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Then unto London I did me hie,

Of all the land it beareth the price; "Hot peascods !" one began to cry,

“Strawberry ripe, and cherries in the rise !"

One bade me come near and buy some spice ;
Pepper, and saffron they gan me beed;
But, for lack of money, I might not speed.

Then to the Cheap I gan me drawn,

Where much people I saw for to stand ; One offered me velvet, silk, and lawn,

Another he taketh me by the hand,

“Here is Paris thread, the finest in the land!” I never was used to such things, indeed ; And, wanting money, I might not speed,

Then went I forth by London Stone,

Throughout all Canwick Street : Drapers much cloth me offered anon;

Then comes me one cried “hot sheep's feet;"

One cried mackerel, rushes green, another gan greet, One bade me buy a hood to cover my head ; But, for want of money, I might not be sped,

Then I hied me unto East-Cheap,

One cries ribs of beef, and many a pie; Pewter pots they clattered on a heap;

There was harp, pipe, and minstrelsy;

Yea by cock! nay by cock! some began cry; Some sung of Jenkin and Julian for their meed; But, for lack of money, I might not speed.

Then into Cornhill anon I yode,

Where was much stolen gear among ; I saw where hung mine owne hood,

That I had lost among the throng;

To buy mine own hood I thought it wrong: I knew it well, as I did my creed; But, for lack of money, I could not speed.

The taverner took me by the sleeve,

“Sir,” saith he, “will you our wine assay ?” I answered, “That can not much me grieve,

A penny can do no more than it may;"

I drank a pint, and for it did pay ;
Yet, sore a-hungered from thence I yede,
And, wanting money, I could not speed, &c.

THE MERLE AND NIGHTINGALE,

BY WILLIAM DUNBAR.

(WILLIAM DUNBAR was born at Saltour, in East Lothian, probably in the year 1460. After having been educated at St. Andrews, he became a Franciscan Friar. He travelled for some years as an itinerant preacher ; subsisting, in accordance with the custom of his order, on alms. But he deplored the constant falsehood, deceit, and flattery, of this mode of life, and at length abandoned it. He was afterwards employed on several embassies ; the servility then required in a court, however, filled him with pain. He died about the year 1520 ; but neither the date nor circunstances of his death are known. His works remained in manuscript until the beginning of the last century; nor were they rescued from obscurity until their language had become so obsolete that many of their beauties could no longer be appreciated.]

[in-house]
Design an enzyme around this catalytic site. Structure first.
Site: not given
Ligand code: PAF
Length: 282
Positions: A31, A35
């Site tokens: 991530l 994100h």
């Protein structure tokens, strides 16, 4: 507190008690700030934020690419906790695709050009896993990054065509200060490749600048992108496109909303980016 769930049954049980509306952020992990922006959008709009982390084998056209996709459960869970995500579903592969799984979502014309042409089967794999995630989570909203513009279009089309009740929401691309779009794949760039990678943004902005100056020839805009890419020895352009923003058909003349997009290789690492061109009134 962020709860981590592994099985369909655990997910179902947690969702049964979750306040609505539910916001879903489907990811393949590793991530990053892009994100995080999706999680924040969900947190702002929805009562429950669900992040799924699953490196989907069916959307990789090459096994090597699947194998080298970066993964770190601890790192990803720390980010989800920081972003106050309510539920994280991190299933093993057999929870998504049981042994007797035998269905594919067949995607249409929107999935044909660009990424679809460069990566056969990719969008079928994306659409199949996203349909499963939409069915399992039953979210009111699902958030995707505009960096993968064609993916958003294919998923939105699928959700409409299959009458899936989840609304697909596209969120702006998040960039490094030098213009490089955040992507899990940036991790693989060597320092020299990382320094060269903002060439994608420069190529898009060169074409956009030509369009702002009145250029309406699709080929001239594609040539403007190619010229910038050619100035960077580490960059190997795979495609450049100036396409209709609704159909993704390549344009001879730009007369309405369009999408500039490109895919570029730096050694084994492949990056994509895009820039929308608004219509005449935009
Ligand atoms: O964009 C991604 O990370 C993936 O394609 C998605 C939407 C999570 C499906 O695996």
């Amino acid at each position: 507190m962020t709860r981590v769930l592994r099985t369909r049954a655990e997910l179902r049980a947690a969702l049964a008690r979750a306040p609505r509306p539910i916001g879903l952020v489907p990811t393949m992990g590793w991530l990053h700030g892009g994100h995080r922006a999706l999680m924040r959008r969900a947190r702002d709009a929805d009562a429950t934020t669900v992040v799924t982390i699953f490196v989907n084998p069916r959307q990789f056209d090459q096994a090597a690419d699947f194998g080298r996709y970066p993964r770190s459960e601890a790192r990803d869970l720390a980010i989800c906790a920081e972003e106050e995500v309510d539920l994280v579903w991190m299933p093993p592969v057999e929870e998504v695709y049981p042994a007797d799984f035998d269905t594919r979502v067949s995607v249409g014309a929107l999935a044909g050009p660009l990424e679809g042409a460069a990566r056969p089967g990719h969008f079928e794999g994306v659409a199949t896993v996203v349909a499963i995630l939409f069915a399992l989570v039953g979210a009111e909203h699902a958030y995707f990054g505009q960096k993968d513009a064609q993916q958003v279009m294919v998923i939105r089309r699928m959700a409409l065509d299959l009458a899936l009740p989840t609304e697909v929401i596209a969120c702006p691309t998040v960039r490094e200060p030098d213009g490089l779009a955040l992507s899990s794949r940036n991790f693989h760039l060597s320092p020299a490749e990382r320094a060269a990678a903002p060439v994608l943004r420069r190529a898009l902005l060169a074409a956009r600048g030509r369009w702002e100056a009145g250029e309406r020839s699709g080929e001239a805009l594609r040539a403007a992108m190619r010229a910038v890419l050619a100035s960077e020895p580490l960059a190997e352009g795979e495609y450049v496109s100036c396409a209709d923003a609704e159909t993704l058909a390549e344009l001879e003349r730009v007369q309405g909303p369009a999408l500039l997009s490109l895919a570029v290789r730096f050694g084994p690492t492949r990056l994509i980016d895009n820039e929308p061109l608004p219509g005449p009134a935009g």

In May, as that Aurora did upspring,
With crystal een chasing the cluddes sable,
I heard a Merle with merry notis sing
A sang of love, with voice right comfortable,
Again' the orient beamis, amiable,
Upon a blissful branch of laurel green ;
This was her sentence, sweet and delectable,
A lusty life in Lovis service been.

Under this branch ran down a river bright,
Of balmy liquor, crystalline of hue,

Again' the heavenly azure skyis light,
Where did upon the tother side pursue
A Nightingale, with sugared notis new,
Whose angel feathers as the peacock shone ;
This was her song, and of a sentence true,
All love is lost but upon God alone.

[graphic]

With notis glad, and glorious harmony,
This joyful merle, so salust she the day,
While rung the woodis of her melody,
Saying, Awake, ye lovers of this May;
Lo, fresh Flora has flourished every spray,
As nature has her taught, the noble queen,

The field been clothit in a new array ;

A lusty life in Lovis service been.

Ne'er sweeter noise was heard with living man,
Na made this merry gentle nightingale ;
Her sound went with the river as it ran,
Out through the fresh and flourished lusty vale ;
O Merle ! quoth she, O fool! stint of thy tale,
For in thy song good sentence is there none,
For both is tint, the time and the travail
Of every love but upon God alone.

Cease, quoth the Merle, thy preaching, Nightingale :
Shall folk their youth spend into holiness?
Of young sanctís, grows auld feindís, but fable;
Fye, hypocrite, in yeiris tenderness,
Again' the law of kind, thou goes express,
That crookit age makes one with youth serene,
Whom nature of conditions made diverse :

A lusty life in Lovis service been.

The Nightingale said, Fool, remember thee,
That both in youth and eild, and every hour,
The love of God most dear to man suld be ;
That him, of nought, wrought like his own figour,
And died himself, fro' dead him to succour;
O, whether was kythit there true love or none?
He is most true and stedfast paramour,
And love is lost but upon him alone.

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